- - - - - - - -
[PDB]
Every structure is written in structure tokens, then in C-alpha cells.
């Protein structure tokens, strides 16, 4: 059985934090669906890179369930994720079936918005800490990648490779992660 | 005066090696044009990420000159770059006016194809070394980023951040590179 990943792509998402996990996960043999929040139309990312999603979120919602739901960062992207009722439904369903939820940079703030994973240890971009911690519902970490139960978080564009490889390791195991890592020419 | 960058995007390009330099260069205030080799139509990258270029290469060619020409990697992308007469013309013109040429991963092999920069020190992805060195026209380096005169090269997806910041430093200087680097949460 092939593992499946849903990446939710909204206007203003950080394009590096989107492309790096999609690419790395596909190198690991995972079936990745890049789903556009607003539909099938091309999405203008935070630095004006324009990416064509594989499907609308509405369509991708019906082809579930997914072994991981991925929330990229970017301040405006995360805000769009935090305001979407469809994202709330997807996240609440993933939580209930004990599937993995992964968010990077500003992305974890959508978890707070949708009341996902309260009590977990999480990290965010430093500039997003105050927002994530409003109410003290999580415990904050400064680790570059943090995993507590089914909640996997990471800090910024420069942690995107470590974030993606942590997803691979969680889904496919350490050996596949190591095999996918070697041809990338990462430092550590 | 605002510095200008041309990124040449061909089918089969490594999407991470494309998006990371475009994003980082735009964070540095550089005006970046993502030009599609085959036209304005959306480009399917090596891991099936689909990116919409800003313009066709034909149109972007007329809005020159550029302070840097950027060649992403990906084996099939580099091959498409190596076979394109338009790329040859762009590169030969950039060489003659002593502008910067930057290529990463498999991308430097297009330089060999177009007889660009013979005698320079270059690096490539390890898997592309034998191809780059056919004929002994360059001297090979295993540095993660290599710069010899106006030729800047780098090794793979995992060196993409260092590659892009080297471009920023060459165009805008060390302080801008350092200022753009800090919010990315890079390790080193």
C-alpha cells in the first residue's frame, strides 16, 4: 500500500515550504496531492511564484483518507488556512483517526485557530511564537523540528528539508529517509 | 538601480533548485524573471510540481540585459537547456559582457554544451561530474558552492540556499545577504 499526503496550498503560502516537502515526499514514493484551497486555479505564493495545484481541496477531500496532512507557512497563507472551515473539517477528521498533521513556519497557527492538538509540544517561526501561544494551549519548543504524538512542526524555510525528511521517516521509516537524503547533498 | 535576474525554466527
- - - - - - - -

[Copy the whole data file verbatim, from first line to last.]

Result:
[PDB]
Every structure is written in structure tokens, then in C-alpha cells.
């Protein structure tokens, strides 16, 4: 059985934090669906890179369930994720079936918005800490990648490779992660 | 005066090696044009990420000159770059006016194809070394980023951040590179 990943792509998402996990996960043999929040139309990312999603979120919602739901960062992207009722439904369903939820940079703030994973240890971009911690519902970490139960978080564009490889390791195991890592020419 | 960058995007390009330099260069205030080799139509990258270029290469060619020409990697992308007469013309013109040429991963092999920069020190992805060195026209380096005169090269997806910041430093200087680097949460 092939593992499946849903990446939710909204206007203003950080394009590096989107492309790096999609690419790395596909190198690991995972079936990745890049789903556009607003539909099938091309999405203008935070630095004006324009990416064509594989499907609308509405369509991708019906082809579930997914072994991981991925929330990229970017301040405006995360805000769009935090305001979407469809994202709330997807996240609440993933939580209930004990599937993995992964968010990077500003992305974890959508978890707070949708009341996902309260009590977990999480990290965010430093500039997003105050927002994530409003109410003290999580415990904050400064680790570059943090995993507590089914909640996997990471800090910024420069942690995107470590974030993606942590997803691979969680889904496919350490050996596949190591095999996918070697041809990338990462430092550590 | 605002510095200008041309990124040449061909089918089969490594999407991470494309998006990371475009994003980082735009964070540095550089005006970046993502030009599609085959036209304005959306480009399917090596891991099936689909990116919409800003313009066709034909149109972007007329809005020159550029302070840097950027060649992403990906084996099939580099091959498409190596076979394109338009790329040859762009590169030969950039060489003659002593502008910067930057290529990463498999991308430097297009330089060999177009007889660009013979005698320079270059690096490539390890898997592309034998191809780059056919004929002994360059001297090979295993540095993660290599710069010899106006030729800047780098090794793979995992060196993409260092590659892009080297471009920023060459165009805008060390302080801008350092200022753009800090919010990315890079390790080193």
C-alpha cells in the first residue's frame, strides 16, 4: 500500500515550504496531492511564484483518507488556512483517526485557530511564537523540528528539508529517509 | 538601480533548485524573471510540481540585459537547456559582457554544451561530474558552492540556499545577504 499526503496550498503560502516537502515526499514514493484551497486555479505564493495545484481541496477531500496532512507557512497563507472551515473539517477528521498533521513556519497557527492538538509540544517561526501561544494551549519548543504524538512542526524555510525528511521517516521509516537524503547533498 | 535576474525554466527